Soil Impacts Due to the Invasion of Ilex aquifolium (English Holly) into Second Growth Forests of the Pacific Northwest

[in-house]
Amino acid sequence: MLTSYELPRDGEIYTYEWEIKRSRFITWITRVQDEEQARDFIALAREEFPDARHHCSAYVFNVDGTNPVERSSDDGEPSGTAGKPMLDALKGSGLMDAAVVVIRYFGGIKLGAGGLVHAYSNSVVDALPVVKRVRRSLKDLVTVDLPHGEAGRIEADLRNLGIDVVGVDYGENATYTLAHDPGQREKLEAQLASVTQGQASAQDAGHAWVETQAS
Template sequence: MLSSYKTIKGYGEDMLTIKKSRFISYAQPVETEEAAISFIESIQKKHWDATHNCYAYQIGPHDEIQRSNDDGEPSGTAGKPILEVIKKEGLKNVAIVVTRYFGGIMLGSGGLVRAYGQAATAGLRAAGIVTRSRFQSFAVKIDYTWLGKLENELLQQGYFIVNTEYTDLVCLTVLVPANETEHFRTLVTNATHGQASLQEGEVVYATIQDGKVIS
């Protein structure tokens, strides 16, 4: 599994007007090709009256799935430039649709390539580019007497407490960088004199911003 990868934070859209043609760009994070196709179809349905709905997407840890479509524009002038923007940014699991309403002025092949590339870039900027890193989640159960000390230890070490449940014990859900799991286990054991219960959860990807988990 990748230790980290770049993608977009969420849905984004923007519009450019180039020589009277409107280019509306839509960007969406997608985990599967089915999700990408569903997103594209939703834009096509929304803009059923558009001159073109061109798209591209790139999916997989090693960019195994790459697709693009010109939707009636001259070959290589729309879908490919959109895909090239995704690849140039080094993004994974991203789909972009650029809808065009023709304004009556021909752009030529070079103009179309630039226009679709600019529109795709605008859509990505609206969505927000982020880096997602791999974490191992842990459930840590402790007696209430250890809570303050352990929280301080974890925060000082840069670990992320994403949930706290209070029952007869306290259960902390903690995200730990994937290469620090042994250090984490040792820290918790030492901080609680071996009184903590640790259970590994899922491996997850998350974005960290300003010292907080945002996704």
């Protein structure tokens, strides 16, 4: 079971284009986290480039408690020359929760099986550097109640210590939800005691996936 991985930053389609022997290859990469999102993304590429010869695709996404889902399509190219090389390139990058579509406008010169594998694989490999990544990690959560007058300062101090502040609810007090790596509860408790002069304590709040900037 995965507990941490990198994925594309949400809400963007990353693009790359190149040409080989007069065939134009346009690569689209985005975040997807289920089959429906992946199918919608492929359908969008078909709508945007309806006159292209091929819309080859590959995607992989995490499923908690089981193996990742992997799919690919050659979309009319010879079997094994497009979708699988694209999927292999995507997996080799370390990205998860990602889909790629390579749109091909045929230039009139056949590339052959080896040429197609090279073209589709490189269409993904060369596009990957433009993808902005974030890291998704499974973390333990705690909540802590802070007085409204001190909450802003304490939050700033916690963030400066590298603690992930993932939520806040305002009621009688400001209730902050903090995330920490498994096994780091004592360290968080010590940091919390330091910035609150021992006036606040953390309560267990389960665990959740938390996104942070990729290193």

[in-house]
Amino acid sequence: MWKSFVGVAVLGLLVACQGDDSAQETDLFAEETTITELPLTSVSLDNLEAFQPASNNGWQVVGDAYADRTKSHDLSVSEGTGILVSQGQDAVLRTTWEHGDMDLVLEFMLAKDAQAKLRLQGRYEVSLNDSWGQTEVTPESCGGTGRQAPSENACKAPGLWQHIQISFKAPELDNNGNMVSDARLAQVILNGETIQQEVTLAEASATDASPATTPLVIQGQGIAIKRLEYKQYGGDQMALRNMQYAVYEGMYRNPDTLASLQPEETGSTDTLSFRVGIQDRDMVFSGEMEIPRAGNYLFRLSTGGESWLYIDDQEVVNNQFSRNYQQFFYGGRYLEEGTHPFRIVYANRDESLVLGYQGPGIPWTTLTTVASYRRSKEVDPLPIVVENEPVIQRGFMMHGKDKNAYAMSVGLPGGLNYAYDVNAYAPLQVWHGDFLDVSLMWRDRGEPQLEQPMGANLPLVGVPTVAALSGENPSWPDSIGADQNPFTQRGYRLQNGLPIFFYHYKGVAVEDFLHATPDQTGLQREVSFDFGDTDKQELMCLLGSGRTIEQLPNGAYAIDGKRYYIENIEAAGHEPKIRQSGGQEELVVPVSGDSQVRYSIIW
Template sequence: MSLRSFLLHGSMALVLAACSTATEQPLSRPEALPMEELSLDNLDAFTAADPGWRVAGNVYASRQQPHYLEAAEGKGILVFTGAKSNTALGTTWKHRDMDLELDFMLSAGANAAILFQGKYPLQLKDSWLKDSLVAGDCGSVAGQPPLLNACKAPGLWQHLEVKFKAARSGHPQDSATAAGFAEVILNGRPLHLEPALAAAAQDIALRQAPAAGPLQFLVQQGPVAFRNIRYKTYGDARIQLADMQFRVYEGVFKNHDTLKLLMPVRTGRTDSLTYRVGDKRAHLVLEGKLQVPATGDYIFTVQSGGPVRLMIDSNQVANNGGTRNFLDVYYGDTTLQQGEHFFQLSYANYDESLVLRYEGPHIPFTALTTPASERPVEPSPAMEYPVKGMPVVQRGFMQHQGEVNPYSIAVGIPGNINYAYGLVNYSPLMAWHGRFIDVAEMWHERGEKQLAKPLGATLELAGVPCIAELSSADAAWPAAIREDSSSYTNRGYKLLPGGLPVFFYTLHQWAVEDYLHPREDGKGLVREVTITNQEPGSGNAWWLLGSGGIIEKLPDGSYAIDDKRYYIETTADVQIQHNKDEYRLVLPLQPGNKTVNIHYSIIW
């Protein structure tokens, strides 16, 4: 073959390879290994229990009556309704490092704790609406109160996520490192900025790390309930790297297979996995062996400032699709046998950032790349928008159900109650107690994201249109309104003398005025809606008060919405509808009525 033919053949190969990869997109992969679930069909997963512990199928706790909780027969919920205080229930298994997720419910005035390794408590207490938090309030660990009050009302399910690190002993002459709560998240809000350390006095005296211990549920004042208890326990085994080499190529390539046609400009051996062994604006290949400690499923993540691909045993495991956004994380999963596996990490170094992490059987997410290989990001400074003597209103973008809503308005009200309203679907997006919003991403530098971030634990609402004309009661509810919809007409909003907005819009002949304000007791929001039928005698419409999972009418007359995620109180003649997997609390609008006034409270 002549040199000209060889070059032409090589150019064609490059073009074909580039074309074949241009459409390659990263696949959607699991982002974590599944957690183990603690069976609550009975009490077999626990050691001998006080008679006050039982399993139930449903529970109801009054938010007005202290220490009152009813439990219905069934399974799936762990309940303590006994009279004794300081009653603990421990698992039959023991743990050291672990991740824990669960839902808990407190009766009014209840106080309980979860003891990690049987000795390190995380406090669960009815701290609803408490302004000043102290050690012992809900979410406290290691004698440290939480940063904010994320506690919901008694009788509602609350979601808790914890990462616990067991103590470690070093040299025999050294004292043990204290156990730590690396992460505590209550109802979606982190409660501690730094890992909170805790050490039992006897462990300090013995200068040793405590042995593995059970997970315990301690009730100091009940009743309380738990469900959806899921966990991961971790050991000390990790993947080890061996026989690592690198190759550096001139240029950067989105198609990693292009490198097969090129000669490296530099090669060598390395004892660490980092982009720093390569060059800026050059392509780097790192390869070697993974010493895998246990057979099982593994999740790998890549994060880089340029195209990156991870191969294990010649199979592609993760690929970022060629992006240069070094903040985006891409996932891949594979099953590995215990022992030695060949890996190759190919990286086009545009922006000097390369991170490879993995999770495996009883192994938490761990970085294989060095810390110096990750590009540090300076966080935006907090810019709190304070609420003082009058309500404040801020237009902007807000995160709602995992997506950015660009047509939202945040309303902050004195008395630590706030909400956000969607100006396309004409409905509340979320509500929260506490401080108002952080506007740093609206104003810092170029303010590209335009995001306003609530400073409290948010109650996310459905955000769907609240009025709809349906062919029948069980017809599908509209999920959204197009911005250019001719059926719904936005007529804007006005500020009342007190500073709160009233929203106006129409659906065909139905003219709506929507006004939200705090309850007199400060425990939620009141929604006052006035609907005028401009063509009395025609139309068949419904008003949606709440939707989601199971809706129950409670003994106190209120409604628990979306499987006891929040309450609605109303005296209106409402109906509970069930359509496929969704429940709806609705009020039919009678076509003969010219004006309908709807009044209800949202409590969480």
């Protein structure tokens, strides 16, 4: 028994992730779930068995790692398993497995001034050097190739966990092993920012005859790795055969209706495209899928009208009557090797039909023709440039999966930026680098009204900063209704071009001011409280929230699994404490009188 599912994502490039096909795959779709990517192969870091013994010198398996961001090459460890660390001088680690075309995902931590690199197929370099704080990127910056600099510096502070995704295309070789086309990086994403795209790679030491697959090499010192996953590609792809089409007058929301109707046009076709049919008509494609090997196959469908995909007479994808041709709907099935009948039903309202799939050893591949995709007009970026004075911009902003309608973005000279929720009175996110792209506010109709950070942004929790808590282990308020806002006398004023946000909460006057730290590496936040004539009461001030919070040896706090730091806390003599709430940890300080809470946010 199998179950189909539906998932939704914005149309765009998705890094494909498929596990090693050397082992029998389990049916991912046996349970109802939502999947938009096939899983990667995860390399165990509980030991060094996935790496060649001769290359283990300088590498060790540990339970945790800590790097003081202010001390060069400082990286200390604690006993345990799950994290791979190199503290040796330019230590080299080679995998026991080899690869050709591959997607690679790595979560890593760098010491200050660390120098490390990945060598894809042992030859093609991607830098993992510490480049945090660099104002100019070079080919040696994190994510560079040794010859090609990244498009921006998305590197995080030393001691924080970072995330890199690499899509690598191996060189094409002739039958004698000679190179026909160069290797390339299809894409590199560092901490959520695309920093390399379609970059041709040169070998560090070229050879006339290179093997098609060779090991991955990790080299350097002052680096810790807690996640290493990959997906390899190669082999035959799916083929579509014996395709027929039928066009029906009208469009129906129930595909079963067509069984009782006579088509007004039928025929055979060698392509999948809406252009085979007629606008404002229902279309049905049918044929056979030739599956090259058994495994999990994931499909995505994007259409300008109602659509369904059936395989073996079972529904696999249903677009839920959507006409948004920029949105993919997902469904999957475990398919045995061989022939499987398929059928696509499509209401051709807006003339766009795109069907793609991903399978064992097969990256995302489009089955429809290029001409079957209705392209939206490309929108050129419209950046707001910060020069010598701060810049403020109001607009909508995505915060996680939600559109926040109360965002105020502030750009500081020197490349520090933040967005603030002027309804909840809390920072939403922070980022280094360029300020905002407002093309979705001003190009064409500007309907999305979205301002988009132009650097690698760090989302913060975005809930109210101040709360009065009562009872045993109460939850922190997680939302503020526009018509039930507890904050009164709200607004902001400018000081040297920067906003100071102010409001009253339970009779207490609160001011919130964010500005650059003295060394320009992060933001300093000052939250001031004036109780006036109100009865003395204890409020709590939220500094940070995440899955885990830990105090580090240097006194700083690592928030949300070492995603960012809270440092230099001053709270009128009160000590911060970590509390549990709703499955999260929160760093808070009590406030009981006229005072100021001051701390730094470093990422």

Pacific Northwest temperate rainforests are generally distinctive in their resistance to invasive species. Nevertheless, a novel evergreen tree species, Ilex aquifolium, also known as English Holly, is increasingly recognized as a successful invasive tree in undisturbed Pacific Northwest forests. One of the characteristics that makes this invasive plant so unique is its ability to readily establish itself in otherwise undisturbed forests. Nevertheless, no studies have examined the ecosystem impacts of this invasive species. Because I. aquifolium has tough, recalcitrant leaves, the species may also the potential to significantly alter ecosystem soil properties in some of the most productive forests in the northern hemisphere. We investigated soil characteristics underneath I. aquifolium canopies, and in adjacent paired locations without the invasive species, to determine the long term physical and chemical effects on the soil. Our chemical analysis focused on pH, carbon-nitrogen elemental analysis, mineralized nitrogen and phosphorus, extractable cations (K, Mg, Ca, Na), sulfate, soil respiration, and cation ex- change capacity. We also investigated changes in soil moisture, organic matter content and bulk density. Our findings suggest heavy depositions of sulfur and organic matter associated with the presence of these trees (p<0.001; p<0.031 respectively) while soil moisture and pH were correlated with age of the trees (p> 0.0074; p>0.0031 respectively). These results cumulatively suggest the potential ecosystem impacts of a novel invasive species in a temperate rainforest ecosystem.